An essential human need. Babies wither without it. Adults blossom with it.
Just now, I witnessed the most adorable thing at the Panera. An older woman—at least 70—and a 20-something man embraced after an effusive “Good morning!” They both have Panera aprons on. All smiles, they set to work, doing the things Panera employees do.
And these two kept at it, circling around, chatting with customers and each other, all while doing the tasks of clean up and coffee resupply and such.
Connection and joy. Just being witness to it affects one.
Earlier I reconnected with an author friend (the wonderful Sherri Petersen) as she was traveling through town. We met originally at a conference in LA when we were both young-in-journey—to connect again, 7 years later, after just dropping off our first-borns at college was a pleasure replete with reminders of why we were fast friends all those years ago. Some people you just *connect* with like there’s a bypass circuit that directly puts your minds in synchrony. Years and geography don’t matter. Like the Panera employees, age and gender don’t matter. Your hearts just *fit*.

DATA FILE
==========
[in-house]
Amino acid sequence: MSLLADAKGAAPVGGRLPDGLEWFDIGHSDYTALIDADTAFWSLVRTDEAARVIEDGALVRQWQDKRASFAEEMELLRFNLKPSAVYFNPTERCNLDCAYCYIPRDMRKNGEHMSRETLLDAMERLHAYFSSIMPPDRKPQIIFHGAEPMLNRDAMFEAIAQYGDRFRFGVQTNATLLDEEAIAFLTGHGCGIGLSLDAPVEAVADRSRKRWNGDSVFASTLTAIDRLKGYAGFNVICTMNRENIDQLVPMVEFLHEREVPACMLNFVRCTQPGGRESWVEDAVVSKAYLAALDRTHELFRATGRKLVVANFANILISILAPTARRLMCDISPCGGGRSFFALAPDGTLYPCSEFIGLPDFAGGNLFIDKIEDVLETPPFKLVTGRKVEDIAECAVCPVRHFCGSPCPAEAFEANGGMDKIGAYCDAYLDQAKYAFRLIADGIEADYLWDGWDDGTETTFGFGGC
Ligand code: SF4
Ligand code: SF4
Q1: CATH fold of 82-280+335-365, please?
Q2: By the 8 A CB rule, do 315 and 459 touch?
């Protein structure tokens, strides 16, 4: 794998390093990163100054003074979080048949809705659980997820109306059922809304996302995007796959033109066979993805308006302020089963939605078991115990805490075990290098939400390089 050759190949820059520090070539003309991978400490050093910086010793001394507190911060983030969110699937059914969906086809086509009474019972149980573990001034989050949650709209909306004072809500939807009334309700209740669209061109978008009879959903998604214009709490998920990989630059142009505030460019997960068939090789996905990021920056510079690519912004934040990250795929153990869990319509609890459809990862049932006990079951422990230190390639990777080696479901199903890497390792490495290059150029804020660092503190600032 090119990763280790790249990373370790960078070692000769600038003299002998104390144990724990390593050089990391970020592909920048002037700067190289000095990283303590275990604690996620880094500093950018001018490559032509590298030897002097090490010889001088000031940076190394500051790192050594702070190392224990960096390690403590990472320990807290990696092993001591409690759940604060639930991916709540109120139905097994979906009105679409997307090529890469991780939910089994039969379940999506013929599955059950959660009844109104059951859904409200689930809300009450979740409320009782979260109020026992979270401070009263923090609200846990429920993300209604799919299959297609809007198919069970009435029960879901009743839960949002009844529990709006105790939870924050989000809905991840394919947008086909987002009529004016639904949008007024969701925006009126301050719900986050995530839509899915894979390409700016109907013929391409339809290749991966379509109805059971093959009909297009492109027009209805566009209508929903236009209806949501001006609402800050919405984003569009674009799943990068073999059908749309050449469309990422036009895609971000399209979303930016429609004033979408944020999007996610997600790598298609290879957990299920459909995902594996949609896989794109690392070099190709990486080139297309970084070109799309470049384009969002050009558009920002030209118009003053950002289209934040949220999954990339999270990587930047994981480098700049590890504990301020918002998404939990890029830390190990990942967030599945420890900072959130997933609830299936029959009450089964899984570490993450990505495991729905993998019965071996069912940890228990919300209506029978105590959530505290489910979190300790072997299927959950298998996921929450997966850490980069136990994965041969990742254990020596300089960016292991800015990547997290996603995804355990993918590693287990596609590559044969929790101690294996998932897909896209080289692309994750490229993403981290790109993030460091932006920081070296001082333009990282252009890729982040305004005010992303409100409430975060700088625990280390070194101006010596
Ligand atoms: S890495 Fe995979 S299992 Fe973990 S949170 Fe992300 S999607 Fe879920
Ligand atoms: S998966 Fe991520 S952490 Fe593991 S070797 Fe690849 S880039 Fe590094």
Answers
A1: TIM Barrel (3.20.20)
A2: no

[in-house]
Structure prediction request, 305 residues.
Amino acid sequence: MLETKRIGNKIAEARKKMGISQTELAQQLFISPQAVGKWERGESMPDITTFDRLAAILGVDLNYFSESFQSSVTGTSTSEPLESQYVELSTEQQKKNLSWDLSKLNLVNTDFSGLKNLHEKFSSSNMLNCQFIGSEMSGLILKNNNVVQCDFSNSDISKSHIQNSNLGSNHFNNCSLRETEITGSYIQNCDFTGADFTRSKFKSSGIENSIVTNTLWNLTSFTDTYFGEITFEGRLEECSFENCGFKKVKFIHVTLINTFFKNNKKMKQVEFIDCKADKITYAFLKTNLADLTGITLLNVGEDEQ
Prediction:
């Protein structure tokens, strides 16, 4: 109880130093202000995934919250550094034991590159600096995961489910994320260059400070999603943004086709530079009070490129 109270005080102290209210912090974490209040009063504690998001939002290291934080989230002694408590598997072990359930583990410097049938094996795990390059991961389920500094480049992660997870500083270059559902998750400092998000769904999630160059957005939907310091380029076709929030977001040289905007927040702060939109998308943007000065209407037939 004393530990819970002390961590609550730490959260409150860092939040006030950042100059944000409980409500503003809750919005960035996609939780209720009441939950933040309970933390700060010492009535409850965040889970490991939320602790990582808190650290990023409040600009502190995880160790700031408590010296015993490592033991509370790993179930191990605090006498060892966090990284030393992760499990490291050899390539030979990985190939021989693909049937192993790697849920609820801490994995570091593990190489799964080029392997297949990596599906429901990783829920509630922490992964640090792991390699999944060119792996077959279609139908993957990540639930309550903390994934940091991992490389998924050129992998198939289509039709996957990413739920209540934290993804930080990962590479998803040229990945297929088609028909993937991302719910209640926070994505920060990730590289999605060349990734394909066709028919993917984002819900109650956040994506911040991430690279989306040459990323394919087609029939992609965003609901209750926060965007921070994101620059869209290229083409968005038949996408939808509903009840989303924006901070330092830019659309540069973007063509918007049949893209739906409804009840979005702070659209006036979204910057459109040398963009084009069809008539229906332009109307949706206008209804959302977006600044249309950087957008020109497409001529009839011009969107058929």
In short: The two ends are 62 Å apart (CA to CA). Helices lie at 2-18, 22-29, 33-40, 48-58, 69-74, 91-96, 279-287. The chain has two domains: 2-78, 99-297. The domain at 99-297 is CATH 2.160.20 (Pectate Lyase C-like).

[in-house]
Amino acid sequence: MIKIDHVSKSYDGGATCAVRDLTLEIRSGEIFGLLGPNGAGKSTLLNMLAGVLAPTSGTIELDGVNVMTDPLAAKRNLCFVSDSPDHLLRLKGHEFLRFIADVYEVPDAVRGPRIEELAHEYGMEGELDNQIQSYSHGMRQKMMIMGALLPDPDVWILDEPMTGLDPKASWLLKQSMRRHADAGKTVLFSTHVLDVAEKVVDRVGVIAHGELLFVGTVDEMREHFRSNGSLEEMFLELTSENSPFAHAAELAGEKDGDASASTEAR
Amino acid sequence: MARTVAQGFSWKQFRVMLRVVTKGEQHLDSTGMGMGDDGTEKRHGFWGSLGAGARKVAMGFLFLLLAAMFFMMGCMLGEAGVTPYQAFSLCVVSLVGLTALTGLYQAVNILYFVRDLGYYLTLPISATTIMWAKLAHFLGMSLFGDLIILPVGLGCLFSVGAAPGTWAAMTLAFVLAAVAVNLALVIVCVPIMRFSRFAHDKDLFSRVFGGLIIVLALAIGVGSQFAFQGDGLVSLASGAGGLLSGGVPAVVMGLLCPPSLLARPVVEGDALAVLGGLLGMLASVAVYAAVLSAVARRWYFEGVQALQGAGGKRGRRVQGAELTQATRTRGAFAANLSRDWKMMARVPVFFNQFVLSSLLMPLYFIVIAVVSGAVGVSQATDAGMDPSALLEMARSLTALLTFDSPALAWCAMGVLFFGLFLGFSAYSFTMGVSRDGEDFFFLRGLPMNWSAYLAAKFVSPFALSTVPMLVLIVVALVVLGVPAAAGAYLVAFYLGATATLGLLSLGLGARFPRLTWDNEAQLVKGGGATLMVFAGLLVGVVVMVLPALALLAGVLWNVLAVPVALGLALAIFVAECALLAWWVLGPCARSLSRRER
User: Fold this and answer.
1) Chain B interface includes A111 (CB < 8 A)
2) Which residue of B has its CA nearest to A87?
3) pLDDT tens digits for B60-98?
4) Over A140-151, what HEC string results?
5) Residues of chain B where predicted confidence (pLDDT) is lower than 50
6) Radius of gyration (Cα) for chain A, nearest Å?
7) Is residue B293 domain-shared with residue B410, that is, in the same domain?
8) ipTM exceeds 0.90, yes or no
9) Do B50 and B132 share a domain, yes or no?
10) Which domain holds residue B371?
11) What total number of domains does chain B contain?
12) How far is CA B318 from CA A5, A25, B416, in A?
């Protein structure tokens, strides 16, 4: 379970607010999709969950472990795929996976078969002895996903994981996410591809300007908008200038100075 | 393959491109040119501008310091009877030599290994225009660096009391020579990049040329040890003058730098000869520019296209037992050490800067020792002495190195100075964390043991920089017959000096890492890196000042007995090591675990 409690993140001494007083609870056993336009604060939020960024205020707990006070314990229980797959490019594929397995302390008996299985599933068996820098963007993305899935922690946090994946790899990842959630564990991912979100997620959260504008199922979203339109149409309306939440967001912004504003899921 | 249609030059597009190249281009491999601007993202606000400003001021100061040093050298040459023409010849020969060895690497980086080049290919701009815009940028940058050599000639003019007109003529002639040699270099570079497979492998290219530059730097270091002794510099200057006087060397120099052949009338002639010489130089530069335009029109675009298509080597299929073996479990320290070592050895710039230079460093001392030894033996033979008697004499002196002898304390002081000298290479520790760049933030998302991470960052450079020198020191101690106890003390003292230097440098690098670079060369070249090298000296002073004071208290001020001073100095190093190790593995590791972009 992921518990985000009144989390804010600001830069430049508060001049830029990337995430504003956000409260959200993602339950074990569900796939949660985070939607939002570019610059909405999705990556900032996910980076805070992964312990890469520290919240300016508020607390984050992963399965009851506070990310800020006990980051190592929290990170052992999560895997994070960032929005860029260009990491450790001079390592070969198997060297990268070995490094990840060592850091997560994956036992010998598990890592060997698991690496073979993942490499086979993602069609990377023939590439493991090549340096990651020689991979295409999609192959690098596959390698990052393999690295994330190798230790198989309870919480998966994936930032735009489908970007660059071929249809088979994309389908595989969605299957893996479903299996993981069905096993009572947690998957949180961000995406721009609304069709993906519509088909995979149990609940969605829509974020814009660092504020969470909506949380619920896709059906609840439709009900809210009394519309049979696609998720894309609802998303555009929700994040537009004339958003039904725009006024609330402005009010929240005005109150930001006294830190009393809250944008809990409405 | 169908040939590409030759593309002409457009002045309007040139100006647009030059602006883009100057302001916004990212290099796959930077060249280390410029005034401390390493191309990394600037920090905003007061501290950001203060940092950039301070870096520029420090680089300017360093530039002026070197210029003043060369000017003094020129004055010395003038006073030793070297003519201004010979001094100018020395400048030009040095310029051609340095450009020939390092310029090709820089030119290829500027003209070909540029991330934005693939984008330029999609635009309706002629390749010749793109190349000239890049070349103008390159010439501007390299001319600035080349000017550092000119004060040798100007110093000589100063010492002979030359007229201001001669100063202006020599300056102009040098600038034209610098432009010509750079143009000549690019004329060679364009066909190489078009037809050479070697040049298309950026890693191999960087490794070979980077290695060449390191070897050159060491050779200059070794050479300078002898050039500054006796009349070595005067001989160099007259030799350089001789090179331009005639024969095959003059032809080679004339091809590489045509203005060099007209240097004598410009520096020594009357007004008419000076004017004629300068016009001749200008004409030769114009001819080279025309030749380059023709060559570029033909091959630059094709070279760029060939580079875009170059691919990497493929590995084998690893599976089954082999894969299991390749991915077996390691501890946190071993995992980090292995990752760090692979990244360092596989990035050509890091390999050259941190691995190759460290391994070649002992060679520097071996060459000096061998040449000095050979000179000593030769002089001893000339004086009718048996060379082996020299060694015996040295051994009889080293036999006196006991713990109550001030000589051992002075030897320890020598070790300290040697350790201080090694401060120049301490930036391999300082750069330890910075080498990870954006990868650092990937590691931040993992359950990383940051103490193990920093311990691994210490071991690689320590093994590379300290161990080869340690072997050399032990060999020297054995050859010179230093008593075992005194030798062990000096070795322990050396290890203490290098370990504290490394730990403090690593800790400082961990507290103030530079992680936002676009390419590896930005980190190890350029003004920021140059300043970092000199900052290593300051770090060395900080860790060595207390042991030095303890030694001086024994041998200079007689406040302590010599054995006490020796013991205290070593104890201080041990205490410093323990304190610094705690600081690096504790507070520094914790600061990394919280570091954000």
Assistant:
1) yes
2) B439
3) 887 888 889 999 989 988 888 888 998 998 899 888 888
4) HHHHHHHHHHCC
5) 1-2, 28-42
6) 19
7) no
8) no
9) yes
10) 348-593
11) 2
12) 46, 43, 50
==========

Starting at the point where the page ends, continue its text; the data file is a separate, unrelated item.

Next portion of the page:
I’m incredibly blessed in my life for many reasons, but high on the list are all the author friends I’ve had orbit into my life (or me into theirs). That one-on-one connection has always been the way I operate best, the place where I can be my most authentic self. I’m capable of speaking into the void (which is what writing often is, exposing your heart for the unknown, future, anonymous reader). I’m competent at speaking to groups, large and small, entertaining and communicating with them (another form of connection). But it’s the person-to-person stuff that’s most satisfying. There, I get to take the leap and say, “This is me. This is how I come, messy and complicated.” And I get to peer into their hearts and say, “Look how wonderful you are!”
Connection—it’s one of the best parts of being human.
Being part of a connected author community is super important for writers—we tend to get easily isolated, and heaven knows we’re stuck in our heads most of the time as it is. Over the years, I’ve made connections through blogging, Facebook groups, critique partner swaps, in-person critique groups and more. Start local, see what’s there, but I honestly think it’s easier to connect online—the whole world is at your feet. Check out the post below to find FB author groups. From there, you can make connections and propose critique partner swaps (just a chapter at first, sort of like speed dating to see if you’re compatible) or organize other activities together. Or just get support for the journey. That’s one of the most important things we can do for each other.